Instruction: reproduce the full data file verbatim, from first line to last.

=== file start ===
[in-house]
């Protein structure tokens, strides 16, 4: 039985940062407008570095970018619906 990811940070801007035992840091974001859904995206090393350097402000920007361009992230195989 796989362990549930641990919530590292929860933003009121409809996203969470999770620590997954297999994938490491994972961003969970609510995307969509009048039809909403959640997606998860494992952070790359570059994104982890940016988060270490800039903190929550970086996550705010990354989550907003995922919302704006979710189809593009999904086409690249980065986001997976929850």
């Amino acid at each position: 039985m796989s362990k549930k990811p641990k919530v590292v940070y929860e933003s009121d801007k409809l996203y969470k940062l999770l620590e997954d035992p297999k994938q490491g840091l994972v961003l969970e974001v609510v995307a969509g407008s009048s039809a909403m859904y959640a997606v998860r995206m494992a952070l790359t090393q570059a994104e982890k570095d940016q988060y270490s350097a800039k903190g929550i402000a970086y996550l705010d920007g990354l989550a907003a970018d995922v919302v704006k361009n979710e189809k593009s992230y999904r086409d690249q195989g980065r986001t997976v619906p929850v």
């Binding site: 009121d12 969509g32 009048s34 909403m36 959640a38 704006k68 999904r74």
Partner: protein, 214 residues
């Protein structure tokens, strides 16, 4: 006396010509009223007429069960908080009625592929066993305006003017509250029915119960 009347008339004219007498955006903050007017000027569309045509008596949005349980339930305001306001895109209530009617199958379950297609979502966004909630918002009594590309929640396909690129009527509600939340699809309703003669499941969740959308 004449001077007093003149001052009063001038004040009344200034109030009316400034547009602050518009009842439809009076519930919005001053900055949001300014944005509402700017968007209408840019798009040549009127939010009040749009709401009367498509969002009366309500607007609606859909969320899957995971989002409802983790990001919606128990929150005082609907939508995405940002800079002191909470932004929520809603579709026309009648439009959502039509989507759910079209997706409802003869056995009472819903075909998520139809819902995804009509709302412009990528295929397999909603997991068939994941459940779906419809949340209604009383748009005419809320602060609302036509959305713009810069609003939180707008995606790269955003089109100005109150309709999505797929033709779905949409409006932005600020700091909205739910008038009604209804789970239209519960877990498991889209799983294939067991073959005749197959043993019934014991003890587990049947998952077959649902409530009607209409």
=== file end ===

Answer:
[in-house]
């Protein structure tokens, strides 16, 4: 039985940062407008570095970018619906 990811940070801007035992840091974001859904995206090393350097402000920007361009992230195989 796989362990549930641990919530590292929860933003009121409809996203969470999770620590997954297999994938490491994972961003969970609510995307969509009048039809909403959640997606998860494992952070790359570059994104982890940016988060270490800039903190929550970086996550705010990354989550907003995922919302704006979710189809593009999904086409690249980065986001997976929850």
């Amino acid at each position: 039985m796989s362990k549930k990811p641990k919530v590292v940070y929860e933003s009121d801007k409809l996203y969470k940062l999770l620590e997954d035992p297999k994938q490491g840091l994972v961003l969970e974001v609510v995307a969509g407008s009048s039809a909403m859904y959640a997606v998860r995206m494992a952070l790359t090393q570059a994104e982890k570095d940016q988060y270490s350097a800039k903190g929550i402000a970086y996550l705010d920007g990354l989550a907003a970018d995922v919302v704006k361009n979710e189809k593009s992230y999904r086409d690249q195989g980065r986001t997976v619906p929850v």
């Binding site: 009121d12 969509g32 009048s34 909403m36 959640a38 704006k68 999904r74």
Partner: protein, 214 residues
């Protein structure tokens, strides 16, 4: 006396010509009223007429069960908080009625592929066993305006003017509250029915119960 009347008339004219007498955006903050007017000027569309045509008596949005349980339930305001306001895109209530009617199958379950297609979502966004909630918002009594590309929640396909690129009527509600939340699809309703003669499941969740959308 004449001077007093003149001052009063001038004040009344200034109030009316400034547009602050518009009842439809009076519930919005001053900055949001300014944005509402700017968007209408840019798009040549009127939010009040749009709401009367498509969002009366309500607007609606859909969320899957995971989002409802983790990001919606128990929150005082609907939508995405940002800079002191909470932004929520809603579709026309009648439009959502039509989507759910079209997706409802003869056995009472819903075909998520139809819902995804009509709302412009990528295929397999909603997991068939994941459940779906419809949340209604009383748009005419809320602060609302036509959305713009810069609003939180707008995606790269955003089109100005109150309709999505797929033709779905949409409006932005600020700091909205739910008038009604209804789970239209519960877990498991889209799983294939067991073959005749197959043993019934014991003890587990049947998952077959649902409530009607209409």